on loss and ghosts that linger

I had completely forgotten how much firewood one needs when it is one’s only source of (external) heat. And suddenly I’m carried back to childhood “contests” of who-can-collect-the-most-firewood. Never fun. Always important in a way that I, selfish being, never understood or perhaps refused to appreciate. So many sticks are needed. So many logs. Just to keep a small cabin warm through even a relatively mild autumn night.


I packed the car with everything I needed (and many things I likely didn’t) for the cottage. I tried to start it. Nothing. I was able to flag someone down who helped me jump the battery. I drove it for twenty minutes to give it a good charge, then ended my trip at Canadian Tire. I tried to restart it. Nothing.


$20 for a battery test to learn that the battery is deader than dead (I didn’t dispute the metaphysics, taking the point to be emphatic). New battery: $129.99 + $79.99 for installation + $20.00 to dispose of the old battery. I asked if I could watch the installation process, to learn how to do it for myself. For liability reasons, no. I tried to watch from the window. I was invited to come through.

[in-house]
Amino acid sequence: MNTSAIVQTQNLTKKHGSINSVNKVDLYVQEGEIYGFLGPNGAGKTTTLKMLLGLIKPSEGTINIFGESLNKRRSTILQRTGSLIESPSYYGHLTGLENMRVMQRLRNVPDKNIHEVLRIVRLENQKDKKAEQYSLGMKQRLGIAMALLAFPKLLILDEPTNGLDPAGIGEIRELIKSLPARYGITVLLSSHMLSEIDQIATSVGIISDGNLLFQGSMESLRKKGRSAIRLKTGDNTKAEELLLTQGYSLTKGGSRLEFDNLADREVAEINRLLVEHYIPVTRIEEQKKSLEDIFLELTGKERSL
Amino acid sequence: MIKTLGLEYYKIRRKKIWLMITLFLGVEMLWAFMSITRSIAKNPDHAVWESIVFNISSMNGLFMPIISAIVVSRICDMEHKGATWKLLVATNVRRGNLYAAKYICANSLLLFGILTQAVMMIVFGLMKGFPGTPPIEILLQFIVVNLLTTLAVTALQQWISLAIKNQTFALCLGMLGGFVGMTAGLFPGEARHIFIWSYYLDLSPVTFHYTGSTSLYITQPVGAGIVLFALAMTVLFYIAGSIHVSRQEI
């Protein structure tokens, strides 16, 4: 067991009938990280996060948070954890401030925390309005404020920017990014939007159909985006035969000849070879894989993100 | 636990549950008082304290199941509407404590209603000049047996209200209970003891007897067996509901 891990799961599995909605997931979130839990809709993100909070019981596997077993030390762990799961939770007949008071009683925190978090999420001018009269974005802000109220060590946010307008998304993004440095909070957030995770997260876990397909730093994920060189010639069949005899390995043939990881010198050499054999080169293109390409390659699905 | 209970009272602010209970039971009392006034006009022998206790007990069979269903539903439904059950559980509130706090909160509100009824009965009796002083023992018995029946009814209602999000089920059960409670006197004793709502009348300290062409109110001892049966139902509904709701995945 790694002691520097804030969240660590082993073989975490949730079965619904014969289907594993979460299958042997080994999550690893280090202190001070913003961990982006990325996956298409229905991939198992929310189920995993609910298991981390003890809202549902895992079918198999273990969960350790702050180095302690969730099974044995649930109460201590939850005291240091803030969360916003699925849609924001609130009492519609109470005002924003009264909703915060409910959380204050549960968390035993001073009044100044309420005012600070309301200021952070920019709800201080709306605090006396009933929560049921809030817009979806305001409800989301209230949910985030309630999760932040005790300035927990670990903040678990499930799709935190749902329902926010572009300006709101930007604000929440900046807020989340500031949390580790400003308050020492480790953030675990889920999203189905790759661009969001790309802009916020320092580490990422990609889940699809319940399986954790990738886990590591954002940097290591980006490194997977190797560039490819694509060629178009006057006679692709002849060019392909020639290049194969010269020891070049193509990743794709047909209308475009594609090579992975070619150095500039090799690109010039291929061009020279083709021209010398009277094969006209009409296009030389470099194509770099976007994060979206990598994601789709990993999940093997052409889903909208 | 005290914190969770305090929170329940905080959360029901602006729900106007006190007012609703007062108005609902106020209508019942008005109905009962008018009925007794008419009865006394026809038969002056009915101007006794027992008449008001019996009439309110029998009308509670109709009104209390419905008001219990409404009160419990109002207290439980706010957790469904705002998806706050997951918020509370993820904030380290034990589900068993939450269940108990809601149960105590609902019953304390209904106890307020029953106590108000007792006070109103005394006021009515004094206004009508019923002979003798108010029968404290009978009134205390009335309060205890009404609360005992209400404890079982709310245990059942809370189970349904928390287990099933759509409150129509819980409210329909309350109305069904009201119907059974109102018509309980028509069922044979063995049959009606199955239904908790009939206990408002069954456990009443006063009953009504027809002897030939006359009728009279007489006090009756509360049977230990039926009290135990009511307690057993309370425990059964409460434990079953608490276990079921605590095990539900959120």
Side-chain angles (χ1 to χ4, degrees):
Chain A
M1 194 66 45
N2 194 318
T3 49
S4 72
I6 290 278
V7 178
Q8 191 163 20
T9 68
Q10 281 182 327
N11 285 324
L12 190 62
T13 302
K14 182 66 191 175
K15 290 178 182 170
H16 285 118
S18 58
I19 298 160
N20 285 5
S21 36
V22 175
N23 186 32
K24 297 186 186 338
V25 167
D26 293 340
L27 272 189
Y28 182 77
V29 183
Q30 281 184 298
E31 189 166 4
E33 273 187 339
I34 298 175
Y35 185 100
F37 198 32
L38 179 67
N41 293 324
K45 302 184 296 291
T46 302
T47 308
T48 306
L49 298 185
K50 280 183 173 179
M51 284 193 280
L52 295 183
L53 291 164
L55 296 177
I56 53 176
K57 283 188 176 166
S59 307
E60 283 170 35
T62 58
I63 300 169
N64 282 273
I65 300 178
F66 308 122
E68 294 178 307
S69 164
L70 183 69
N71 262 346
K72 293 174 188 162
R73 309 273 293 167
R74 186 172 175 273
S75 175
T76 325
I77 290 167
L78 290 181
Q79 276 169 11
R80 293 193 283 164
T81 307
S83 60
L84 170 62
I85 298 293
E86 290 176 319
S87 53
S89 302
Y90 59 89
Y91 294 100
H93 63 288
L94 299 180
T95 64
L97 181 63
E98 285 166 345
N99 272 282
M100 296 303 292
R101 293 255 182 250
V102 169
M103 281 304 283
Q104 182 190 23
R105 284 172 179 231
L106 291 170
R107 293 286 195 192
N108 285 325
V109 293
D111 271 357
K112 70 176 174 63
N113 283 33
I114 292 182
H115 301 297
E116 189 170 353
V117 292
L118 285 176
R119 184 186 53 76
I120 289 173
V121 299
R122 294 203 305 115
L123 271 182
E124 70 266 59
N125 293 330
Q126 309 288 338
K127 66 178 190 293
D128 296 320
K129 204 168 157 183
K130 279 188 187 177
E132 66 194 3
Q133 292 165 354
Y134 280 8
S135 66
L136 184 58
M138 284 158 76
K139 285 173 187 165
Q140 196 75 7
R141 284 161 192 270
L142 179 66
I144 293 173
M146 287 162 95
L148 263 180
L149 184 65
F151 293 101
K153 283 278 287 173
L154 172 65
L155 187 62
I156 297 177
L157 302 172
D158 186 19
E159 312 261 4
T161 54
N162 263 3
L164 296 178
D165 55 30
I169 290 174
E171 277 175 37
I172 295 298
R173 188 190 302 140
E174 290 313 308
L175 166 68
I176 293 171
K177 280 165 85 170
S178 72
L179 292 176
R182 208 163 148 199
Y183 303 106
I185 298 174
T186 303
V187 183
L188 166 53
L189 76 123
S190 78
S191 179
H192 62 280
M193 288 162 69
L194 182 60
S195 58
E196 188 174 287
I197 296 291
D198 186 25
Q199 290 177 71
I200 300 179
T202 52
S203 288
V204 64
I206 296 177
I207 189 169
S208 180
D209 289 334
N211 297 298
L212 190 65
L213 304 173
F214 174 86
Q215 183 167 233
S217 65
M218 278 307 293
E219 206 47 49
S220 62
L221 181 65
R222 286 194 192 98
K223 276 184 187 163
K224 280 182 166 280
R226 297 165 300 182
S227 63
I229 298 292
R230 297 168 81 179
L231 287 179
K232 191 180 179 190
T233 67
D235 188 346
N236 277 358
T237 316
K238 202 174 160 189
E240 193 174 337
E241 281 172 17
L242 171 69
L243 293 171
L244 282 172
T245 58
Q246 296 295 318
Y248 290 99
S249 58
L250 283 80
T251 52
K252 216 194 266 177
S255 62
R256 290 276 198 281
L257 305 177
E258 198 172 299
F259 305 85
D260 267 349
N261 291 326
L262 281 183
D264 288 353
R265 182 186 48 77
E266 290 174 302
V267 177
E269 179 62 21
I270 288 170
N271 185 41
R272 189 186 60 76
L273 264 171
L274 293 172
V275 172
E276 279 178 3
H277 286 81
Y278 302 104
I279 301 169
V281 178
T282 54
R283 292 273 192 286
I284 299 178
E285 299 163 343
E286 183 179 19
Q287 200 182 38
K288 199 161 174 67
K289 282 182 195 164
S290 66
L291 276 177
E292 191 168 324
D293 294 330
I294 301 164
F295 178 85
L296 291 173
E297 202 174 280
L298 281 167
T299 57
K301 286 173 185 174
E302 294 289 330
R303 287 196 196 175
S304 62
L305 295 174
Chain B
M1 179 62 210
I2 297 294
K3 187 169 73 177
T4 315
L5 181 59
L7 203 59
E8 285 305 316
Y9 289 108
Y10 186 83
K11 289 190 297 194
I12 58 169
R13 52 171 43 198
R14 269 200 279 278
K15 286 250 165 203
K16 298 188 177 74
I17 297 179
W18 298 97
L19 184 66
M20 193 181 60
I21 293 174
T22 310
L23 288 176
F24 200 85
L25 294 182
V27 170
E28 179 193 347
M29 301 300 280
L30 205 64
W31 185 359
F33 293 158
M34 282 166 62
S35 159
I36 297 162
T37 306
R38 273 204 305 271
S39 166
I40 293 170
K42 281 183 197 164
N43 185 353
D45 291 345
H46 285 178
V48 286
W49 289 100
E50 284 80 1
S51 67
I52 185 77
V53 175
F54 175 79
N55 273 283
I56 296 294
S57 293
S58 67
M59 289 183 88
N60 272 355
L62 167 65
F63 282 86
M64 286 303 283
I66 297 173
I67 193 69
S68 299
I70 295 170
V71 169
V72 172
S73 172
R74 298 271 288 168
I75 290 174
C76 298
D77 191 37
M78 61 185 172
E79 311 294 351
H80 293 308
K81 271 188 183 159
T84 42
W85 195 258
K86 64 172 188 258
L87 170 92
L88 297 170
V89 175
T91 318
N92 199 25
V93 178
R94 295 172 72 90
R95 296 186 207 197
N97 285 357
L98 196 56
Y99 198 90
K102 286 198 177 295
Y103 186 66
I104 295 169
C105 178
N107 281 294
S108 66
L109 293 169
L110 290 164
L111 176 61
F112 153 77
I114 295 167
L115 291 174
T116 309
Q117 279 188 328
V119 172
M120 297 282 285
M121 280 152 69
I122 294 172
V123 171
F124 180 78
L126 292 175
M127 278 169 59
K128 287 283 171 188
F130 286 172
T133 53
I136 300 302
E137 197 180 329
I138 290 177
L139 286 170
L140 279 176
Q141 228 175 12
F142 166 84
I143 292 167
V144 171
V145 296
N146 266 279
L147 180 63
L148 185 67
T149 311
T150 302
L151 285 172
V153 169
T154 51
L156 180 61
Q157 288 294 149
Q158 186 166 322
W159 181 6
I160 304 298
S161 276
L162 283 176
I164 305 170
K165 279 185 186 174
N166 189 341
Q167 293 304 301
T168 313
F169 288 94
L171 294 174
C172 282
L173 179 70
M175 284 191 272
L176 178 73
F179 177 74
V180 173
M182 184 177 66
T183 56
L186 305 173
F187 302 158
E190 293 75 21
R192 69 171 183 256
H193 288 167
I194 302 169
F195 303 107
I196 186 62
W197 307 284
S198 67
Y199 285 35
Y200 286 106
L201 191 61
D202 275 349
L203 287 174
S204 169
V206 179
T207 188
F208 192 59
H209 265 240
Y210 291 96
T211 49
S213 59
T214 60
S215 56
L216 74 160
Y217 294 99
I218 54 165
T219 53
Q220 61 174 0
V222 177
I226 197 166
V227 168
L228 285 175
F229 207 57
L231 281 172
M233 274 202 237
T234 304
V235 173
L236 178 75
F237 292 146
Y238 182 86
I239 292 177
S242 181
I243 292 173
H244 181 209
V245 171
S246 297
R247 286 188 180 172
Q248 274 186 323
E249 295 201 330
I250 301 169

Dead battery caused something in the car’s brain to be wiped clean. Odometer and speedometer ceased functioning. “They should come back on as you drive,” said the mechanic. (They didn’t). It also meant that the stereo’s anti-theft device kicked in, requiring a code to be entered in order to use the radio. For a solo road trip without a cell phone, the loss of radio was a blow. But then I remembered that my dad had written the code somewhere unlabeled in the car’s manual, for exactly this reason. I flipped it open, and, sure enough, there, tucked in the last pages, was a non-descript post-it note containing a scribble (where something had been written and then crossed out), and then four digits: 3-0-5-2. A calm hand of support, a reassuring smile, on a post-it note at the back of the owner’s manual. These kinds of living archives are sometimes all that remains of my father. And they aren’t enough – they aren’t nearly enough – but they are so, so much.



I type this in a cottage heated by a wood fire where I am staying in the futile hope that my cats, who ran away now almost 6 weeks ago, will return – will smell the fire, or hear my voice and my (hopefully idiosyncratic) disturbances, and come home. Because home isn’t home without them, and because I want them to be part of whatever new home I build.

I have been thinking a lot about the Stoics, lately. (They who professed and prescribed a stiff upper-lip in the face of personal losses, but who, tellingly, softened their positions when faced with the circumstances to receive their own advice.) Is that how one should live? Defiant of the blows of circumstance? How can I live fully, feelingly, without losing myself in the loss of those things that matter most?